The book follows young Ruth from her arrival at the Kapi’olani Home for Girls in Honolulu, to her adoption by a Japanese couple who raise her on a farm in California, her marriage and unjust internment at Manzanar Relocation Camp during World War II—and then, after the war, to the life-altering day when she receives a letter from a woman who says she is Ruth’s birth mother, Rachel.

DAUGHTER OF MOLOKA′I expands upon Ruth and Rachel’s 22-year relationship, only hinted at in MOLOKA′I. It’s a richly emotional tale of two women—different in some ways, similar in others—who never expected to meet, much less come to love, one another. And for Ruth it is a story of discovery, the unfolding of a past she knew nothing about. In prose that conjures up the beauty and history of both Hawaiian and Japanese cultures, it’s the powerful and poignant tale that readers of MOLOKA′I have been awaiting for fifteen years.”

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WWW Wednesday 02/13/2019

Welcome to another WWW Wednesday! This meme is hosted by Taking on a World of Words. To participate, just answer the following three questions:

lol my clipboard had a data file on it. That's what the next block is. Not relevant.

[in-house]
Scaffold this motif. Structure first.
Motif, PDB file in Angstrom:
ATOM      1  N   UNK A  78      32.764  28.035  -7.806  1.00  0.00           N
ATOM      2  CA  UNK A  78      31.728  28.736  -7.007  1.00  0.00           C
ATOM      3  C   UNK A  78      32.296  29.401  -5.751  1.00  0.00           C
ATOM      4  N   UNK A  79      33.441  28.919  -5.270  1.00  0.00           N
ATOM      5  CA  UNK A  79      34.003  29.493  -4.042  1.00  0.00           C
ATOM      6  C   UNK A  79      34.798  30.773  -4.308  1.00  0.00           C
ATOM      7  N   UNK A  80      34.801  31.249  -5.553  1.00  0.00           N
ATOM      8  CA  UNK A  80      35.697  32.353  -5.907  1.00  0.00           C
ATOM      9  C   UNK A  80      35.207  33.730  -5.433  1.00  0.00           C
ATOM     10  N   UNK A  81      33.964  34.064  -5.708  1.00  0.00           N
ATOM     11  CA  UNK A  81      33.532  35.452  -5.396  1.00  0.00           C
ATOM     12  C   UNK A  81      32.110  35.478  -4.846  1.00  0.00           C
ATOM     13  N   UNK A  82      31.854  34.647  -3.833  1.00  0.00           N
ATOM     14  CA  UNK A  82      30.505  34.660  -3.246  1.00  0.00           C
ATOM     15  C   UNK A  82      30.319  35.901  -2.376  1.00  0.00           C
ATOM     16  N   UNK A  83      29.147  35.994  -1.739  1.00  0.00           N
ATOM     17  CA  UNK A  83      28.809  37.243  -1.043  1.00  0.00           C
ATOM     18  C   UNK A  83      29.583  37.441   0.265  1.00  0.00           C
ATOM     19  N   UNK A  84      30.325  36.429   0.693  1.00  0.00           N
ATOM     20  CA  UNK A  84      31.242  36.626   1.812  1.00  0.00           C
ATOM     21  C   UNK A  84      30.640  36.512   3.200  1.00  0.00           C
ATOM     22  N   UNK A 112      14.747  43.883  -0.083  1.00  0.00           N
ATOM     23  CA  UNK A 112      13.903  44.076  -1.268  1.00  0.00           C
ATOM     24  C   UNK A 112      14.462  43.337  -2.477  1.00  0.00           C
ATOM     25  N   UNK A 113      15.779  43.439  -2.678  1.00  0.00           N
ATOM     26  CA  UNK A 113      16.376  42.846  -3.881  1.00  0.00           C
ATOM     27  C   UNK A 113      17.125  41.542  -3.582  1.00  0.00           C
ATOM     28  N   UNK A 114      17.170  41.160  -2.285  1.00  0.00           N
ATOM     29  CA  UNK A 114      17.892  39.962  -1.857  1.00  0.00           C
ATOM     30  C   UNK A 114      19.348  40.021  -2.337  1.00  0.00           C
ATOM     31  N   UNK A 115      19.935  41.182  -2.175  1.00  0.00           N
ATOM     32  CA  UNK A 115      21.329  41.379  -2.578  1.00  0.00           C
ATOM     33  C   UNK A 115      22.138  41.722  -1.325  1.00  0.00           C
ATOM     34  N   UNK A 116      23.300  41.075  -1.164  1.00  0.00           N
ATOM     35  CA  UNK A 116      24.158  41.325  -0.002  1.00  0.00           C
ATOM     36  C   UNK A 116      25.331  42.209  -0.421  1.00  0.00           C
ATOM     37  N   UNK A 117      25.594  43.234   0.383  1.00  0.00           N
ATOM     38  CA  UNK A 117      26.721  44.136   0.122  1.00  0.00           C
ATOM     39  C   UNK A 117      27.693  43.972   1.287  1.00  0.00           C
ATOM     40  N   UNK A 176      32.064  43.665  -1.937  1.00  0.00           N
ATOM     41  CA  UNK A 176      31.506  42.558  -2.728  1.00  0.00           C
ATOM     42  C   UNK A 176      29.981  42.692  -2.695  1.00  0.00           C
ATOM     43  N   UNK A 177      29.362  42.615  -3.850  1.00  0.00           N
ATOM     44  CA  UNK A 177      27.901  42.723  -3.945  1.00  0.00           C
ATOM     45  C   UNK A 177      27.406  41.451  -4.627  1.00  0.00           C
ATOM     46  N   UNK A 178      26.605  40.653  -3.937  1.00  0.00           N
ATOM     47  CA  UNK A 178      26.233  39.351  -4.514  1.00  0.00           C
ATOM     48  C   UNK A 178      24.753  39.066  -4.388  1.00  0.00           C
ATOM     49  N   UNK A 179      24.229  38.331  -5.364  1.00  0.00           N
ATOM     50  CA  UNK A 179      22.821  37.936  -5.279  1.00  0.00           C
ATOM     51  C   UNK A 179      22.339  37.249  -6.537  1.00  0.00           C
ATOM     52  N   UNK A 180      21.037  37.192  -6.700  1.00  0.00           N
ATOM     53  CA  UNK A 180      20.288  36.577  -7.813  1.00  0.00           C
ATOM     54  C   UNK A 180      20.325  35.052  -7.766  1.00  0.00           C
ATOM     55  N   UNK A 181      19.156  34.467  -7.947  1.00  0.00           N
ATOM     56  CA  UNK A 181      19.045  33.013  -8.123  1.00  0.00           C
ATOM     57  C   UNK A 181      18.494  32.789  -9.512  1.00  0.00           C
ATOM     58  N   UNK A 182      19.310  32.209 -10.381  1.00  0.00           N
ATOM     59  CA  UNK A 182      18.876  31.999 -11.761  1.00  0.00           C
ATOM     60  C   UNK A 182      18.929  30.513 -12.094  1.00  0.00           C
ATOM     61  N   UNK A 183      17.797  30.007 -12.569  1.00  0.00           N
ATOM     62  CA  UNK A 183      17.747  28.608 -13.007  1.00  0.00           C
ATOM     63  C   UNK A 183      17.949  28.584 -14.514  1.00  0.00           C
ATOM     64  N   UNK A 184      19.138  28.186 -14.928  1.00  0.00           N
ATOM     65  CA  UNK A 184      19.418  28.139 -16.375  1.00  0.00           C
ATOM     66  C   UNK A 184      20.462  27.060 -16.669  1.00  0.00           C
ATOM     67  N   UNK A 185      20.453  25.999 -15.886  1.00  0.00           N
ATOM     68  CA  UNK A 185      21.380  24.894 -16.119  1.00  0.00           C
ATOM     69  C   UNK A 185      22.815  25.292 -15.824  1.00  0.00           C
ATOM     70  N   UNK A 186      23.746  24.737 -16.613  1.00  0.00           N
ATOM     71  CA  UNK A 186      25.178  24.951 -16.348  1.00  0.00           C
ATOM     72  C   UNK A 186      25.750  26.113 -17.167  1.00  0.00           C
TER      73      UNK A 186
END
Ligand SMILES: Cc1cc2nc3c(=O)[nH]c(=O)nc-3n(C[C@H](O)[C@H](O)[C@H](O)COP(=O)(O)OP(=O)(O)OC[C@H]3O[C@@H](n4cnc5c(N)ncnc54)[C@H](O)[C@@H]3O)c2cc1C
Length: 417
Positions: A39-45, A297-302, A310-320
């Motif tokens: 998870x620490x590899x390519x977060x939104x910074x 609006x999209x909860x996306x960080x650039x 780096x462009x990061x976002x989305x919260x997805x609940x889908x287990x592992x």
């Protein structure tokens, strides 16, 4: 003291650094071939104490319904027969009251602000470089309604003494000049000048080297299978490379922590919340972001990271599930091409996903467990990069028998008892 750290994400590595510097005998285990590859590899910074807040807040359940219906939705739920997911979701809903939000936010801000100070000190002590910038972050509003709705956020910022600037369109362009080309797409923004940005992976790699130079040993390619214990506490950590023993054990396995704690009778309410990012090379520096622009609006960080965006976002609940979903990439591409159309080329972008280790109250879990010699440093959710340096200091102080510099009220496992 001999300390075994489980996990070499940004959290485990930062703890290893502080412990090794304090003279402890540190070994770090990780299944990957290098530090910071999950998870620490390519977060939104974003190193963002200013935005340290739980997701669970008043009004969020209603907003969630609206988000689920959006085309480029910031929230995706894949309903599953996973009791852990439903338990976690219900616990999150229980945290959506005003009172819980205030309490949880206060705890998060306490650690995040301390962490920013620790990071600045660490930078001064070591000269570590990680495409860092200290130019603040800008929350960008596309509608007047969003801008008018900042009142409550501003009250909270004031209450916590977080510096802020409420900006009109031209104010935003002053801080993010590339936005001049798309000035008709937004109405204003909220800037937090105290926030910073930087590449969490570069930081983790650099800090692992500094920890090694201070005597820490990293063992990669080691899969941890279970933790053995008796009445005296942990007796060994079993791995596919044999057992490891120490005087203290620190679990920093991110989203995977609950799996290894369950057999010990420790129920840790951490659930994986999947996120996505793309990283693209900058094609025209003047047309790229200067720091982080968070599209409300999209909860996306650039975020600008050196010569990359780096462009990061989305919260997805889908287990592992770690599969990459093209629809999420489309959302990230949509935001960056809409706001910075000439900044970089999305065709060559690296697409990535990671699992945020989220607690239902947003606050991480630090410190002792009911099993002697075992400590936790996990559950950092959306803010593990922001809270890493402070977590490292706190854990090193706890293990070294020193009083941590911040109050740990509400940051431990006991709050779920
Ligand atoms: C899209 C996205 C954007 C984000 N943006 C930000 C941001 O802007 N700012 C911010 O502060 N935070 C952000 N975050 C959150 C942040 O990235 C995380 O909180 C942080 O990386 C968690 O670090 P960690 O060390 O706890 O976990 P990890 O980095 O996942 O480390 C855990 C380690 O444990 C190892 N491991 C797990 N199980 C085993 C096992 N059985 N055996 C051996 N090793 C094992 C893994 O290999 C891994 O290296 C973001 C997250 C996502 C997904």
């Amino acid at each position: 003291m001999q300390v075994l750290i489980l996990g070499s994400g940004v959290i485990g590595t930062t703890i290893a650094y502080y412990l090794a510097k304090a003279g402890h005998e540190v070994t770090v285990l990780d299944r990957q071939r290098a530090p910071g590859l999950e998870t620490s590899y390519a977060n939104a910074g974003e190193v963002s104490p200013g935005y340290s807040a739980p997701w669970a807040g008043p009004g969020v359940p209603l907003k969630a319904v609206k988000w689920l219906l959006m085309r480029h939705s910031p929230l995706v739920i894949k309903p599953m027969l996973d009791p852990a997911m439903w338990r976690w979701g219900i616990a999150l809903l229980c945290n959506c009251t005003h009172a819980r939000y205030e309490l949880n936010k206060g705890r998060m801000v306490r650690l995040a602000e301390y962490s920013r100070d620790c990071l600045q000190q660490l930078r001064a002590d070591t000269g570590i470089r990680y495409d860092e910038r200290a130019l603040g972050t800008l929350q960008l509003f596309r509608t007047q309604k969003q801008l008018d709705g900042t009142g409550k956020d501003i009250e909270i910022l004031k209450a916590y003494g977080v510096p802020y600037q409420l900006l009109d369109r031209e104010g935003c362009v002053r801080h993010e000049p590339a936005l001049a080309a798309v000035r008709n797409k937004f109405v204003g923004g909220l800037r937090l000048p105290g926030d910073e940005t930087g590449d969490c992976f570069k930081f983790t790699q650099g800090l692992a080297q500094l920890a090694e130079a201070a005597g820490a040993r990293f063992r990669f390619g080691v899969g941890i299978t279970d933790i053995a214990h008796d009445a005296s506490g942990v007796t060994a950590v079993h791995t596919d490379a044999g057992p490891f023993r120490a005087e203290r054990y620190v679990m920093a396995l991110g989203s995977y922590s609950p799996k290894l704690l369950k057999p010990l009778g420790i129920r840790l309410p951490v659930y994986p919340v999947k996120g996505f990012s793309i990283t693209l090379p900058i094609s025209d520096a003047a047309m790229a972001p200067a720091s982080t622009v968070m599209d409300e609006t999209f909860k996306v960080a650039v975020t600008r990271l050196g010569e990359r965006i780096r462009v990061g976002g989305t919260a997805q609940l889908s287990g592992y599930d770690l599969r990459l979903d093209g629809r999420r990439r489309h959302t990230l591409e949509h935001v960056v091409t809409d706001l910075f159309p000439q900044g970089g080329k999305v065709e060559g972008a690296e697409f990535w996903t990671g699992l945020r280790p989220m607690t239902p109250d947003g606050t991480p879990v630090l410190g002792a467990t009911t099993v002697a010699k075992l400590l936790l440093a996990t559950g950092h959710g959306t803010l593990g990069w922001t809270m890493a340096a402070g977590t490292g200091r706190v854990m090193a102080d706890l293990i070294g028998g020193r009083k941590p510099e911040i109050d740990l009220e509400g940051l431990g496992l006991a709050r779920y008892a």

What are you currently reading?
What did you recently finish reading?
What do you think you’ll read next?

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I’m currently reading…

readingAs Long as We Both Shall Live
by JoAnn Chaney
“What happens when you’re really, truly done making your marriage work? You can’t be married to someone without sometimes wanting to bash them over the head…
As Long As We Both Shall Live is JoAnn Chaney’s wicked, masterful examination of a marriage gone very wrong, a marriage with lots of secrets…”
I’ve only just started the audio book for this, so I have no thoughts so far, other than the fact that I think the narrator is a tad over the top.

The Night Tiger
by Yangsze Choo
I received a free copy of this as an official ambassador for the Booksparks winter reading challenge, and I’m absolutely loving it. Super magical and atmospheric.

Women Talking
by Miriam Toews
I’ve kind of stalled out on this one. This is a NetGalley ARC and it’s a novel based on a true story about a group of Mennonite women dealing with the aftermath of sexual violence in their community when they’ve been relatively isolated from the outside world and have limited means to leave. The premise really intrigued me and I feel like there’s an important story to be told, but the author’s stylistic choices just aren’t meshing well with my tastes. The narrator is a trusted male member of the community with limited writing skills, and the novel is told in the form of the minutes of a meeting between the women. The style is kind of killing it for me and I can’t get engaged.

I recently finished reading…

This Mortal Coil
by Emily Suvada